The Northport board of education voted to move forward with improvements to science, athletic, and structural parts of the district Thursday night.
Superintendent Robert Banzer said the major goals of the capital improvements were to replace aging infrastructure and provide students and the community with more useful physical education and athletic facilities.
Infrastructure improvements included replacing bathrooms, windows, and ceilings in classrooms from kindergarten through high school. At the presentation last Thursday night, Banzer went through several photos showing cracked countertops, and antiquated lavatories.
“Some of our buildings are very old and we need to take a cold, hard look at them,” he said.
Tony Resca, a member of the capital projects committee, said the district needed to create state-of-the-art science labs, which would “foster inquiry-based scientific experimentation” and “strengthen overall STEM learning outcomes.”
Changes would include new desks designed to form into lab stations as well as new fume hoods and cabinetry for lab chemicals.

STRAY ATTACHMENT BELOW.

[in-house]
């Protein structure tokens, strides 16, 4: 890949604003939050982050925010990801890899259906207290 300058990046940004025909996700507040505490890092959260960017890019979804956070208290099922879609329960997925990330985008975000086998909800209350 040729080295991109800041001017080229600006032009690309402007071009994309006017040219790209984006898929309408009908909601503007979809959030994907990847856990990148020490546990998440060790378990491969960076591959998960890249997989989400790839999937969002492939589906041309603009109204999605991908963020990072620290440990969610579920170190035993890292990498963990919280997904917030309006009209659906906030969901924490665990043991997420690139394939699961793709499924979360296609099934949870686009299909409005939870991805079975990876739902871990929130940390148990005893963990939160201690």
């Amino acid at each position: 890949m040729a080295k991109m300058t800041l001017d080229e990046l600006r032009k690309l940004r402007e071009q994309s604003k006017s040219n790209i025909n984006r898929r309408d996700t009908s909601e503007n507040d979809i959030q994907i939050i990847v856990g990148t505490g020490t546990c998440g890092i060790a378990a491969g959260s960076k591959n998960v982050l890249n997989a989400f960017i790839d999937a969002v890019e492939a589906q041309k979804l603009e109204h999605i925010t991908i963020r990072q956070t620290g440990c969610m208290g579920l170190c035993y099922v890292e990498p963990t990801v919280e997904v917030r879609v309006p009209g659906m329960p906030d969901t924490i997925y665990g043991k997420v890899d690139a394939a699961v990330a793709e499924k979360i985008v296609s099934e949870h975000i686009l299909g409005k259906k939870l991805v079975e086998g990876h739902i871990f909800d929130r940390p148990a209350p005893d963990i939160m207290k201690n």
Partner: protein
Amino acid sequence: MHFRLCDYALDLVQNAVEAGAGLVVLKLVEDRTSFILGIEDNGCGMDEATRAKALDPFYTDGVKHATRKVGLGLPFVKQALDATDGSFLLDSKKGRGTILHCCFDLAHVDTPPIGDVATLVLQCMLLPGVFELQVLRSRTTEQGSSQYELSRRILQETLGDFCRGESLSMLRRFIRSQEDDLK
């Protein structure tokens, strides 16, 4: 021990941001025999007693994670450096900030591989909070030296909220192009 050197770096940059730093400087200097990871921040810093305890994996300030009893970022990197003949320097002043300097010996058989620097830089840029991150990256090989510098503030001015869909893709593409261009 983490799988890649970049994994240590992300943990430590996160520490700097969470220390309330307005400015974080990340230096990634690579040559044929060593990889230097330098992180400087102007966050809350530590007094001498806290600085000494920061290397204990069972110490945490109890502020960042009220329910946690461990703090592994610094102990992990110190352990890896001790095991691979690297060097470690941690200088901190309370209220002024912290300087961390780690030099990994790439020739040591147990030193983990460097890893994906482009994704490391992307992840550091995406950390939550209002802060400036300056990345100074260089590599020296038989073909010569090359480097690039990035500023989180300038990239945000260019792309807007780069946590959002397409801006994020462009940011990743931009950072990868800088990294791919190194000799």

“These lab benches and work desks … are modular, they are moveable and flexible and they can be moved at a moment’s notice to accommodate a wide variety of science-related activities,” Resca said.
Talks for improving the athletic facilities at Northport have been underway for more than a year and projects included better irrigation systems for athletic fields, a new stadium at the high school with a turf field, a new track, a concession stand, outdoor bathrooms, and a replacement of tennis courts.
Paul Klimuszko, director of physical education, athletics and health, and a member of the committee, talked about the importance of replacing certain fields at Northport and improving irrigation at others.
“Whether it rains during the game or days before, this is what the field typically ends up looking like during a game,” Klimuszko said as he pointed to a photo of the high school football team playing in a field covered in mud. He also said that field was heavily used, which diminished its quality and made it less accessible to the greater Northport community.
“Even when the team is out for half-time, the marching band is putting on a half-time show, so that field never gets a break,” he said.
Under Banzer’s suggestion, the district will now seek prices and plans from an architect to achieve the plans listed in capital projects that were voted for in the May budget.